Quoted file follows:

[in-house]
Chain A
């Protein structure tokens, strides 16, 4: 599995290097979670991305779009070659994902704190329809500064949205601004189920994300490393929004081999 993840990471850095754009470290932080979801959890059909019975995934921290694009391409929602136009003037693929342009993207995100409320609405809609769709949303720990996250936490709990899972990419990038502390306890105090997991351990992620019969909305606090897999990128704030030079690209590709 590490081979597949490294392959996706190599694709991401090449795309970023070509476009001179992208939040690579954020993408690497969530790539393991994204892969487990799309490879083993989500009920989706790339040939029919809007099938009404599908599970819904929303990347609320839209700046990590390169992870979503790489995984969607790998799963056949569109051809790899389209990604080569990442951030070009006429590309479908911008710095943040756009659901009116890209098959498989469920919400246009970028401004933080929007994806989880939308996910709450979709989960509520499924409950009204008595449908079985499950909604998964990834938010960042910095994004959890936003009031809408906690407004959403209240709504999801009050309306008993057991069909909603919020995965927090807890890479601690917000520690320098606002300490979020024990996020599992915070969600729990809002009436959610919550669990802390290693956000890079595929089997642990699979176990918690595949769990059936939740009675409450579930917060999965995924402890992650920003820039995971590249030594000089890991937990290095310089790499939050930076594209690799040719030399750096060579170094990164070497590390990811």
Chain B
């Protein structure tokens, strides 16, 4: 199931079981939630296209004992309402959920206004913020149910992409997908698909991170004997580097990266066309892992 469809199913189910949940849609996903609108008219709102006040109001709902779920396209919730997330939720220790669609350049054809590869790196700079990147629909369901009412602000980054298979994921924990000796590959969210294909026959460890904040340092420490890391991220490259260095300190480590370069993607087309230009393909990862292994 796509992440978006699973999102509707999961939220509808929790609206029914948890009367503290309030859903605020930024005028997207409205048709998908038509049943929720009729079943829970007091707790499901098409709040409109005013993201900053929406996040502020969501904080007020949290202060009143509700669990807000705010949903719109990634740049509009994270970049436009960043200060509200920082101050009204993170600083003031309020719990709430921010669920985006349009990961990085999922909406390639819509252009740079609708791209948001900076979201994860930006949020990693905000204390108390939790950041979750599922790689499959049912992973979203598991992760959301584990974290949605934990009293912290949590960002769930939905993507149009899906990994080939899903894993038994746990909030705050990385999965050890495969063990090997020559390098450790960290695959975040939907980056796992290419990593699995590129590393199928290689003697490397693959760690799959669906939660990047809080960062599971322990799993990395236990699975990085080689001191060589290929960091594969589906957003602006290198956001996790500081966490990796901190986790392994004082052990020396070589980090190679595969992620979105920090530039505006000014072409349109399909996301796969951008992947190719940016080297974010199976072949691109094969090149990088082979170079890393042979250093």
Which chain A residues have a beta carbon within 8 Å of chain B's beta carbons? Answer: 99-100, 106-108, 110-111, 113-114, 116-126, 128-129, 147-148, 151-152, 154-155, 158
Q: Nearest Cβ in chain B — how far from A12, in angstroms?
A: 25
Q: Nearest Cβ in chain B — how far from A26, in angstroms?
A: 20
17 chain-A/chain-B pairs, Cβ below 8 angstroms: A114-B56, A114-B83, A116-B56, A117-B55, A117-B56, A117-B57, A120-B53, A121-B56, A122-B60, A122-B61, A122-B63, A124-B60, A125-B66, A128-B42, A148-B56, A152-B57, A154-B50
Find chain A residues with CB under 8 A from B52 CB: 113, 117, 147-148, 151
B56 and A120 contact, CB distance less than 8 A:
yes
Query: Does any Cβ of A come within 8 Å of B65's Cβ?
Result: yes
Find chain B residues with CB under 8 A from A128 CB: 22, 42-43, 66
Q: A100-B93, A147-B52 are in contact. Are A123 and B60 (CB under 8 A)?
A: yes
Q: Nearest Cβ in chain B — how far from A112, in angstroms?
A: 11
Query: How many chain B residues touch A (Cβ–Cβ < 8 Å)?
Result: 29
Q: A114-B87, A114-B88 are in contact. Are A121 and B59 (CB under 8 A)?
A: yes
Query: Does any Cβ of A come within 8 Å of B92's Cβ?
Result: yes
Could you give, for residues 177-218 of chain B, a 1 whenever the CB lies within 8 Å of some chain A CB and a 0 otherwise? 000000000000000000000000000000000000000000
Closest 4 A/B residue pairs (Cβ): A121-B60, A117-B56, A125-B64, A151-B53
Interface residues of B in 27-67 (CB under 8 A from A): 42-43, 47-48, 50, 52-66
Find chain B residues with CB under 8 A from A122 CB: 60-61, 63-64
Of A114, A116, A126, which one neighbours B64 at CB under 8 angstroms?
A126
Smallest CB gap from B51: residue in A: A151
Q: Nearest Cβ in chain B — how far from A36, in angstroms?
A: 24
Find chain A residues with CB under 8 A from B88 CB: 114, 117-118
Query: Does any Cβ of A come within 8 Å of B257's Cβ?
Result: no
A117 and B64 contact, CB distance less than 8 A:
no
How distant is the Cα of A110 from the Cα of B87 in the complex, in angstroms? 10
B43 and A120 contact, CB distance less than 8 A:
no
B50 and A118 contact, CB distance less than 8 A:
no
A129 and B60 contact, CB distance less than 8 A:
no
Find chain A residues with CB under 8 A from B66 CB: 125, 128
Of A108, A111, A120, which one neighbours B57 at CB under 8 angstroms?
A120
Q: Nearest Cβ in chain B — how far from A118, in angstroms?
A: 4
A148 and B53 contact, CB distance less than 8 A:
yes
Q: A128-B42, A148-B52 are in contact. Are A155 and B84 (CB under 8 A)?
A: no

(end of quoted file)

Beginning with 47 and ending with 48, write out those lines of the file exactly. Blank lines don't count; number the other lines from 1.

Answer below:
A129 and B60 contact, CB distance less than 8 A:
no